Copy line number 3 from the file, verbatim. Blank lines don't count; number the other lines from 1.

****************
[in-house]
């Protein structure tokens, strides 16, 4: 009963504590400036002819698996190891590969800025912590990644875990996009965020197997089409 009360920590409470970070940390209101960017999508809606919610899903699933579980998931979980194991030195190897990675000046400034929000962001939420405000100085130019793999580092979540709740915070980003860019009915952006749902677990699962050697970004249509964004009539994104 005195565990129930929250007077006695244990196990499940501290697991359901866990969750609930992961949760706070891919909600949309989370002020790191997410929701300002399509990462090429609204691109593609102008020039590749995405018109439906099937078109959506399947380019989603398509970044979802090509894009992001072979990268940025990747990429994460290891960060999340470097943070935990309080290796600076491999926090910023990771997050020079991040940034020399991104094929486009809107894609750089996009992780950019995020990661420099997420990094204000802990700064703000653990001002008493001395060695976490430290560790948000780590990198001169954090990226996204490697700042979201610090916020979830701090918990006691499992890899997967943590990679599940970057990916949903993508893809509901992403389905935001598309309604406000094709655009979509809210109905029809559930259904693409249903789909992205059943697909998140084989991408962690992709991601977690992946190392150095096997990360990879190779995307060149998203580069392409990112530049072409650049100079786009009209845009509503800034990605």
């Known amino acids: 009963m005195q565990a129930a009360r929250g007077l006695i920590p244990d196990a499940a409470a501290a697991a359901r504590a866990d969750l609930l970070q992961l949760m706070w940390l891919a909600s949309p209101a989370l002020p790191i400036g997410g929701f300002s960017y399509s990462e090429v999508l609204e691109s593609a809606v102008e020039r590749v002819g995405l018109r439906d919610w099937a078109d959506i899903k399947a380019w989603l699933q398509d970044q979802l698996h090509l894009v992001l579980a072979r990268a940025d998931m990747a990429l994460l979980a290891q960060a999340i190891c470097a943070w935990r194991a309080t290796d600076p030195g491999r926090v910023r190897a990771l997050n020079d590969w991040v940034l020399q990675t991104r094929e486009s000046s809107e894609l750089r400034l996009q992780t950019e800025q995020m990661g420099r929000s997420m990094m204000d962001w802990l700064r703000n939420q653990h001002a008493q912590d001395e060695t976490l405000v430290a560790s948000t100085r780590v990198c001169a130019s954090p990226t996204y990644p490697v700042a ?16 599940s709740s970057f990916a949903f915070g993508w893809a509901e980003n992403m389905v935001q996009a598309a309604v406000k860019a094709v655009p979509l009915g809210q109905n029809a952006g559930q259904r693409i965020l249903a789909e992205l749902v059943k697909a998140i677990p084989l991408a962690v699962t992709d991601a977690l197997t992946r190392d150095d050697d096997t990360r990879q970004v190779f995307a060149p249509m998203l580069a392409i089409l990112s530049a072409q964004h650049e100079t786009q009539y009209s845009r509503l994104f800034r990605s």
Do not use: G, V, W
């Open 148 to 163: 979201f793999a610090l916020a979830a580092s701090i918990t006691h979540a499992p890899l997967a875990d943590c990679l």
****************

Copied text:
């Known amino acids: 009963m005195q565990a129930a009360r929250g007077l006695i920590p244990d196990a499940a409470a501290a697991a359901r504590a866990d969750l609930l970070q992961l949760m706070w940390l891919a909600s949309p209101a989370l002020p790191i400036g997410g929701f300002s960017y399509s990462e090429v999508l609204e691109s593609a809606v102008e020039r590749v002819g995405l018109r439906d919610w099937a078109d959506i899903k399947a380019w989603l699933q398509d970044q979802l698996h090509l894009v992001l579980a072979r990268a940025d998931m990747a990429l994460l979980a290891q960060a999340i190891c470097a943070w935990r194991a309080t290796d600076p030195g491999r926090v910023r190897a990771l997050n020079d590969w991040v940034l020399q990675t991104r094929e486009s000046s809107e894609l750089r400034l996009q992780t950019e800025q995020m990661g420099r929000s997420m990094m204000d962001w802990l700064r703000n939420q653990h001002a008493q912590d001395e060695t976490l405000v430290a560790s948000t100085r780590v990198c001169a130019s954090p990226t996204y990644p490697v700042a ?16 599940s709740s970057f990916a949903f915070g993508w893809a509901e980003n992403m389905v935001q996009a598309a309604v406000k860019a094709v655009p979509l009915g809210q109905n029809a952006g559930q259904r693409i965020l249903a789909e992205l749902v059943k697909a998140i677990p084989l991408a962690v699962t992709d991601a977690l197997t992946r190392d150095d050697d096997t990360r990879q970004v190779f995307a060149p249509m998203l580069a392409i089409l990112s530049a072409q964004h650049e100079t786009q009539y009209s845009r509503l994104f800034r990605s």